Ð The Stationery Shop ☆ Download by × Marjan Kamali

I m not a very emotional person I m usually left dry eyed when others are sobbing over books all around me but this novel gutted me in the very best way possible I am wowed by The Stationery Shop.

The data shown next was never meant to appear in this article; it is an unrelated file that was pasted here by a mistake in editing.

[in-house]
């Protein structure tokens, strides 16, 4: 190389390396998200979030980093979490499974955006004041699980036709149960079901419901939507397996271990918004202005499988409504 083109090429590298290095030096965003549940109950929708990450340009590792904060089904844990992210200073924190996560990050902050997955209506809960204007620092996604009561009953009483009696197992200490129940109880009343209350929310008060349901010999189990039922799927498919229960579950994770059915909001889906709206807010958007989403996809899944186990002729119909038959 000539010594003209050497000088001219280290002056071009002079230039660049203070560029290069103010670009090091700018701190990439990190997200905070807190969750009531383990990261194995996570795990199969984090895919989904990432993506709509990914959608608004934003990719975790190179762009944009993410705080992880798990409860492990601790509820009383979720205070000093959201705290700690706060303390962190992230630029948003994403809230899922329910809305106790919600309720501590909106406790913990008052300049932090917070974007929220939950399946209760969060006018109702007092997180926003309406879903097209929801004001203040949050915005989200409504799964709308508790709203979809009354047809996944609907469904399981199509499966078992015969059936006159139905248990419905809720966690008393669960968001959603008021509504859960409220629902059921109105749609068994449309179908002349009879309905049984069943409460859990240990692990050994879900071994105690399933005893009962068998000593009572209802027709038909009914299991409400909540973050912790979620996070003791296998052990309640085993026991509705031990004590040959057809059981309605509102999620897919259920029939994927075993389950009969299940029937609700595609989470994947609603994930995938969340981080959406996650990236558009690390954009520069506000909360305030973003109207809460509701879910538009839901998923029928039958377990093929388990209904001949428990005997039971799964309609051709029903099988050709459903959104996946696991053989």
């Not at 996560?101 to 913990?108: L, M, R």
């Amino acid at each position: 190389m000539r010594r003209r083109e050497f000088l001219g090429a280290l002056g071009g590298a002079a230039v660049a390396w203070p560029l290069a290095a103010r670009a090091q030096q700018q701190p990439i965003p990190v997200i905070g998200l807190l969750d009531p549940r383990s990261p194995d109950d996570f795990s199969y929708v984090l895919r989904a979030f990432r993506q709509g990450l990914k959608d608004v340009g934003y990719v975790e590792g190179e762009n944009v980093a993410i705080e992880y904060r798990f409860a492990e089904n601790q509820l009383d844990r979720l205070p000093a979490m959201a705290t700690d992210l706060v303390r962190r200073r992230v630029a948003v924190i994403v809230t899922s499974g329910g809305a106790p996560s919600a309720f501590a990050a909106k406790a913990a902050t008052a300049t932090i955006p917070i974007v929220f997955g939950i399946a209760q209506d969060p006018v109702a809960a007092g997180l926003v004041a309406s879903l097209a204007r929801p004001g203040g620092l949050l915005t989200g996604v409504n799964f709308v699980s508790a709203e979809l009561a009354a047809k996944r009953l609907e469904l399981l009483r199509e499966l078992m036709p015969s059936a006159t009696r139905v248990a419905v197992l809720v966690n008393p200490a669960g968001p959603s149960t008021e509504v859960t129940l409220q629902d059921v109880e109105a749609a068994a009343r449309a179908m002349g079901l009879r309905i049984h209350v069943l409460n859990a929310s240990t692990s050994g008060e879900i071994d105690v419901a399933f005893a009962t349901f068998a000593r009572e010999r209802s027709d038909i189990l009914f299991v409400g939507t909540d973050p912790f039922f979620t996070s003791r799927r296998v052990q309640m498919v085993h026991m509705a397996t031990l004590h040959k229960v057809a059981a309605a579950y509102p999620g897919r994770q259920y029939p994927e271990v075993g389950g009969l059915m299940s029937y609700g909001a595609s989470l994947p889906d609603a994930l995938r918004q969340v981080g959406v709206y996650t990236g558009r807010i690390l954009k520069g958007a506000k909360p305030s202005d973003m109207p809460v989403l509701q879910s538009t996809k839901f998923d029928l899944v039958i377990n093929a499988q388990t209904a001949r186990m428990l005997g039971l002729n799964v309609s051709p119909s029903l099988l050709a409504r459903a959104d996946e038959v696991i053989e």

The story of Roya and Bahman begins when they are teenagers in 1953 in Tehran The two fall in love, meeting in secret at The Stationery Shop They become engaged, although the political upheaval around them and family demands threaten to tear them apart The two decide to marry anyway, but when Roya goes to meet Bahman for their wedding, he doesn t show up The story then moves forward through the 1950s, into 2013 as we trace Roya s life, which has the mystery of Bahman s rejection constantly dangling over it In 2013, they meet again in the United States, where Roya settled The details in this novel are exquisite Kamali has a light Oh my goodness This book Roya lives in Tehran in the 1950s She s a teen brimming with idealism, at a time when it could be dangerous with the political upset in Iran Roya finds peace in Mr Fakhri s book and stationery shop Can you even believe This made this paper and book love over the moon with happiness The store is dusty, warm, and inviting, and Mr Fakhri is kind There are fountain pens, bottles of ink, and special papers Mr Fakhri introduces Roya to his other favorite customer, Bahman, with hopes love will develop Bahman is also an idealist with a yearning for change They are an instant match and continue to visit the shop together A couple months later, Roya and Bahman are to be married, and just before they are supposed to meet, the coup d etat occurs that changes Iran forever And Bahman never shows up Years pass sixty years, in fact, u The Award Winning Author Of Together Tea A Debut Novel Hailed As Compassionate, Funny, And Wise By Jill Davis, Bestselling Author Of Girls Poker Night Comes A Powerful Love Story Exploring Loss, Reconciliation, And The Quirks Of Fate Roya Is A Dreamy, Idealistic Teenager Living InTehran Who, Amidst The Political Upheaval Of The Time, Finds A Literary Oasis In Kindly Mr Fakhri S Neighborhood Book And Stationery Shop She Always Feels Safe In His Dusty Store, Overflowing With Fountain Pens, Shiny Ink Bottles, And Thick Ð The Stationery Shop ☆ Download by × Marjan Kamali Pads Of Soft Writing PaperWhen Mr Fakhri, With A Keen Instinct For A Budding Romance, Introduces Roya To His Other Favorite Customer Handsome Bahman, Who Has A Burning Passion For Justice And A Love For Rumi S Poetry She Loses Her Heart At Once And, As Their Romance Blossoms, The Modest Little Stationery Shop Remains Their Favorite Place In All Of TehranA Few Short Months Later, On The Eve Of Their Marriage, Roya Agrees To Meet Bahman At The Town Square, But Suddenly, Violence Erupts A Result Of The Coup D Etat That Forever Changes Their Country S Future In The Chaos, Bahman Never Shows For Weeks, Roya Tries Desperately To Contact Him, But Her Efforts Are Fruitless With A Sorrowful Heart, She Resigns Herself To Never Seeing Him AgainUntil, Than Sixty Years Later, An Accident Of Fate Leads Her Back To Bahman And Offers Her A Chance To Ask Him The Questions That Have Haunted Her For Than Half A Century Why Did He Leave Where Did He Go How Was He Able To Forget Her The Stationery Shop Is A Beautiful And Timely Exploration Of Devastating Loss, Unbreakable Family Bonds, And The Overwhelming Power Of Love 5 starsMy goodness Another beautiful and enthralling read in a year full of them for me I am going to be brief as the less said the better for potential readers of this wonderful novel.